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Clearly, Beltran had decided to take the "high road" and that was reinforced by his mere presence in Port St. Lucie as he has decided to rehab here with the team. But still you wonder if there are some scars that might still be there based on how contentious the story got in January. Even Beltran admitted, "It took me about a week to forget about everything and now I am focusing on what is important for me and that's being with the team and getting ready to be on the field as soon as possible."
Beltran also told me that he is very excited at the prospect of being in an outfield that will house Jason Bay to his left and Jeff Francoeur to his right and is anxious to get into "Phase 2" of his rehab which will slowly bridge him into "baseball activities" towards the end of spring training. He is right on schedule to begin those activities 12 weeks to the day after his surgery--sometime in late March.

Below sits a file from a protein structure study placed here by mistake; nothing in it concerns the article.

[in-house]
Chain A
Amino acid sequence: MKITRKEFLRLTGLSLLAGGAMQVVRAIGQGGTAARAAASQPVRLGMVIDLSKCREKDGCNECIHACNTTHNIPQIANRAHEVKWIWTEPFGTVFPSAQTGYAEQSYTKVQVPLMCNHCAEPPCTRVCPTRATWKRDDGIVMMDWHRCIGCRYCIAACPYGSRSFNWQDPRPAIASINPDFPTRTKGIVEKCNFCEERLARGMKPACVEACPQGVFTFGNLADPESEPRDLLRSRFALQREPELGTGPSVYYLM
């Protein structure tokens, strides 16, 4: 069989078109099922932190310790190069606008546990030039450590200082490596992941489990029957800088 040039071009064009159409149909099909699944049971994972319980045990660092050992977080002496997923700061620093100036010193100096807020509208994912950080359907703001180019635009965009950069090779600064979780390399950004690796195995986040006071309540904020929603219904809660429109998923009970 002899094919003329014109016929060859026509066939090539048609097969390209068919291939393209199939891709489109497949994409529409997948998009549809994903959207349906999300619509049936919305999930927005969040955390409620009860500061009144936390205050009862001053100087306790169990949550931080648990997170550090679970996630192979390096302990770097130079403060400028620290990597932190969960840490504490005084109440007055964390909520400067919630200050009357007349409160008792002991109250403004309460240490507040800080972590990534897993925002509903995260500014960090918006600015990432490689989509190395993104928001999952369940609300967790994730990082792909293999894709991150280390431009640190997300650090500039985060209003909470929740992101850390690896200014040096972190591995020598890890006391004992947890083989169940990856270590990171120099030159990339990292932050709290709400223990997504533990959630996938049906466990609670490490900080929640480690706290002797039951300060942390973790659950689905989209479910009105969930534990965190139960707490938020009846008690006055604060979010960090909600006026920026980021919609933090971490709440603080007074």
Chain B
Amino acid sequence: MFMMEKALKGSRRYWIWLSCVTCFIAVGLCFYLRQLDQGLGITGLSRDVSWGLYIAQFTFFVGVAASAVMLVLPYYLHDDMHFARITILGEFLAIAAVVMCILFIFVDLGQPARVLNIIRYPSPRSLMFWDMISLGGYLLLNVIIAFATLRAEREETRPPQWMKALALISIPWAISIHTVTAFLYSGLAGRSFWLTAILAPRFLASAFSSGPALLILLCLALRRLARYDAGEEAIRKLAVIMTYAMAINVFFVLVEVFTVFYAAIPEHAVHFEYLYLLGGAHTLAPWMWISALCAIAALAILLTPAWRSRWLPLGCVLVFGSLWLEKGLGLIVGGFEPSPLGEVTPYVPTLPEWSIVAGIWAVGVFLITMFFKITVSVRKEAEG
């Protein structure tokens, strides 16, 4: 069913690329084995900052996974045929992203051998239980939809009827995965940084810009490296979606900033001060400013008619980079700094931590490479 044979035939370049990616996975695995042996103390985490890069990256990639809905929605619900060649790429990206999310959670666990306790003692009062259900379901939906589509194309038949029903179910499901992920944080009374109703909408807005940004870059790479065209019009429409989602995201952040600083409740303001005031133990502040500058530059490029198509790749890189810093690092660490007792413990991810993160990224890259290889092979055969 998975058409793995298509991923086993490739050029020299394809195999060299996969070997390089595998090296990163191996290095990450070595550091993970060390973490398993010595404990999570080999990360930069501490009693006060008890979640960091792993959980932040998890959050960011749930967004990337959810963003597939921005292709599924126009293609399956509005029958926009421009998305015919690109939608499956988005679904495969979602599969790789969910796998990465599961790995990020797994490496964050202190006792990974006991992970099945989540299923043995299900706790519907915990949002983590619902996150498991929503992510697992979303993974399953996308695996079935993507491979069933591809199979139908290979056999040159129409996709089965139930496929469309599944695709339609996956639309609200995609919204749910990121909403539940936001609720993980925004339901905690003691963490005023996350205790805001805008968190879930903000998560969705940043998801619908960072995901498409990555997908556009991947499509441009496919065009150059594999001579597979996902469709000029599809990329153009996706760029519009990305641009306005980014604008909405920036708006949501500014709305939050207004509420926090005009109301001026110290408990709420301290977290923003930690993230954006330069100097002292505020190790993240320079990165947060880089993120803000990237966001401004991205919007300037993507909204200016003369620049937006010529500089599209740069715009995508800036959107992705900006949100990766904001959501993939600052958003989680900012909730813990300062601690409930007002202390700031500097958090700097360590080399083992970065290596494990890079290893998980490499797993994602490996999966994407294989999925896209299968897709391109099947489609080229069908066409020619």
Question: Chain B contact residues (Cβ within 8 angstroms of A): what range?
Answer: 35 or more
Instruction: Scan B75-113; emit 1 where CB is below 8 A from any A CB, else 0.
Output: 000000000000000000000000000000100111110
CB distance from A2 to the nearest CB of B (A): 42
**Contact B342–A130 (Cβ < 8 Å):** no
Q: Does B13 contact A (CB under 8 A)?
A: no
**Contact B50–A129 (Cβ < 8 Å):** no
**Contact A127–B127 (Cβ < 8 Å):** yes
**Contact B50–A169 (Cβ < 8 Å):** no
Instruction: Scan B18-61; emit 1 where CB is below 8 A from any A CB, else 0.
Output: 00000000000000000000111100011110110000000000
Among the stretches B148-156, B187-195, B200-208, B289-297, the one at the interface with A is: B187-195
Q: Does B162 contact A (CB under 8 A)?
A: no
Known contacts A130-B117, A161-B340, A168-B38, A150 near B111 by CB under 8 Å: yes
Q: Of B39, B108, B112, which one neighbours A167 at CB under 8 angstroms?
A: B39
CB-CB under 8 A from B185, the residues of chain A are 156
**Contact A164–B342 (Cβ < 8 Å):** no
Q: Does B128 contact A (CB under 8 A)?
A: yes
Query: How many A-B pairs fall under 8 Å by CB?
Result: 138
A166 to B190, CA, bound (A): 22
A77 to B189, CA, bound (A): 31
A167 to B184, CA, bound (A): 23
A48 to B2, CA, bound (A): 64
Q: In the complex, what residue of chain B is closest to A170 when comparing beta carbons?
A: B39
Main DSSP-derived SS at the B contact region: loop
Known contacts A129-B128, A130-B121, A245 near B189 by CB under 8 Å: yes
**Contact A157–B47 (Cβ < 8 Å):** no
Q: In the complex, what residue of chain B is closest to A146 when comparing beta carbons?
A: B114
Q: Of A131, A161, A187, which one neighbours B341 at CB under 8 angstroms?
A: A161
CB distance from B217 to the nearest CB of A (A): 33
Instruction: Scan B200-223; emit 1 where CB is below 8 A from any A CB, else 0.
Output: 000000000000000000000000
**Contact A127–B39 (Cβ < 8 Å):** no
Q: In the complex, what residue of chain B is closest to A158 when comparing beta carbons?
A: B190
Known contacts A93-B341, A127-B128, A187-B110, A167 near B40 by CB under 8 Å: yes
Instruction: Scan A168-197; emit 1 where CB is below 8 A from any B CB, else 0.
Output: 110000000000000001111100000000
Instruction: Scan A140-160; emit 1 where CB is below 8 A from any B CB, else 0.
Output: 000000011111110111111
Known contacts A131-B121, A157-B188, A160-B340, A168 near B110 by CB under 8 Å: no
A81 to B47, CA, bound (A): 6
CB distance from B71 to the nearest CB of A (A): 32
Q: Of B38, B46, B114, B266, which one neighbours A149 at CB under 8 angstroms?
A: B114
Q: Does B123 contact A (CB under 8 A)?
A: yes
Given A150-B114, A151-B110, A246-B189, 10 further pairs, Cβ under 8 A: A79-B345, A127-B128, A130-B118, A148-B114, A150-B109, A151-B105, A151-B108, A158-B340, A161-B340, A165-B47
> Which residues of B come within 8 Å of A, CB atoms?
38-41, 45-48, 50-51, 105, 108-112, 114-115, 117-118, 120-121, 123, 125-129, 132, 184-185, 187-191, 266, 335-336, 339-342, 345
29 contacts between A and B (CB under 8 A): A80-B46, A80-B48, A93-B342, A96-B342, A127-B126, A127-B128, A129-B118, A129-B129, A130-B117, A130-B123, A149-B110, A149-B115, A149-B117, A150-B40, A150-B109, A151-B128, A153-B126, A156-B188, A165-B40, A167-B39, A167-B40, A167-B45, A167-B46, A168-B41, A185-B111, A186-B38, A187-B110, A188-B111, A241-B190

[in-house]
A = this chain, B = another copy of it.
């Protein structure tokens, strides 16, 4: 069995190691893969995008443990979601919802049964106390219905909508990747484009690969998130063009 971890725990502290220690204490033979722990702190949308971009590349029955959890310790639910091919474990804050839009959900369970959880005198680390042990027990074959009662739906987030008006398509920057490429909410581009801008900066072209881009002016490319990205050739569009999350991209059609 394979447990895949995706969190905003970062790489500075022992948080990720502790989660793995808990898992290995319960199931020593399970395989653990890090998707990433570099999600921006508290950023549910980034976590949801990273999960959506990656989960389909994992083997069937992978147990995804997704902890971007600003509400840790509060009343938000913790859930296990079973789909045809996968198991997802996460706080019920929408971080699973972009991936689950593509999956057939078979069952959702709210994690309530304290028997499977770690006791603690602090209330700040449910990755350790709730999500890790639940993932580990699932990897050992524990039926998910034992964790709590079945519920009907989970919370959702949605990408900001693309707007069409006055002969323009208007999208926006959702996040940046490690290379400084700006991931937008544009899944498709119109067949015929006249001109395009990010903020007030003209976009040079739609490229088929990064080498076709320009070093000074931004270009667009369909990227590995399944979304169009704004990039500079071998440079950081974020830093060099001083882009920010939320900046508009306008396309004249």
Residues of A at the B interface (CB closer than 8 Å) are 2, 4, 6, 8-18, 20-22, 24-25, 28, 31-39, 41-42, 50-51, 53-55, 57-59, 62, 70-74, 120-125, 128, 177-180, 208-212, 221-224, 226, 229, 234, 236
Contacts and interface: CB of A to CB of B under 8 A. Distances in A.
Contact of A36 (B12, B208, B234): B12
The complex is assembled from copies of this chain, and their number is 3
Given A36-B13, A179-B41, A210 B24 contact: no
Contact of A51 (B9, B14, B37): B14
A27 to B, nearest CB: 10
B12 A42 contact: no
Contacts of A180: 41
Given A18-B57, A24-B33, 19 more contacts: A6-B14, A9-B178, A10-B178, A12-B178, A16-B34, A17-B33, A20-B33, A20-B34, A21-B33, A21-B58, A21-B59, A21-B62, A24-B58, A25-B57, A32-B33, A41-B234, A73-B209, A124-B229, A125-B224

So what do we make of all this? As many of you know, no beat reporter is closer to Carlos Beltran than I am and I will say that all of this back and forth about the surgery perturbed him greatly but above all, Beltran loves to play the game and cares about his Met legacy. To him, getting back on the field is the end that justifies the means.
Many experts point to this and that about Beltran but the bottom line is pound for pound he might be the best baseball player on the team. He has put up numbers, played hurt, and at times carried the team offensively. If the Mets are to rebound in 2010, they will need the 2007 and 2008 Beltran that performed at an All-Star level and if healthy, they will indeed get that. Lets remember in 2009 the Mets actually held it together and were within striking distance of the Phils but when Beltran got hurt in late June, the season went down the chute.
On this day, he took the first important step in his rehab--answering the questions about the muck of the off-season by telling everyone he is ready to move on. He did it in a lucid, believable tone and that will help everyone--himself, the team, his manager, and the front office--repair the wounds of a botched process. At this point, that is all you can ask from a player who is recovering from knee surgery.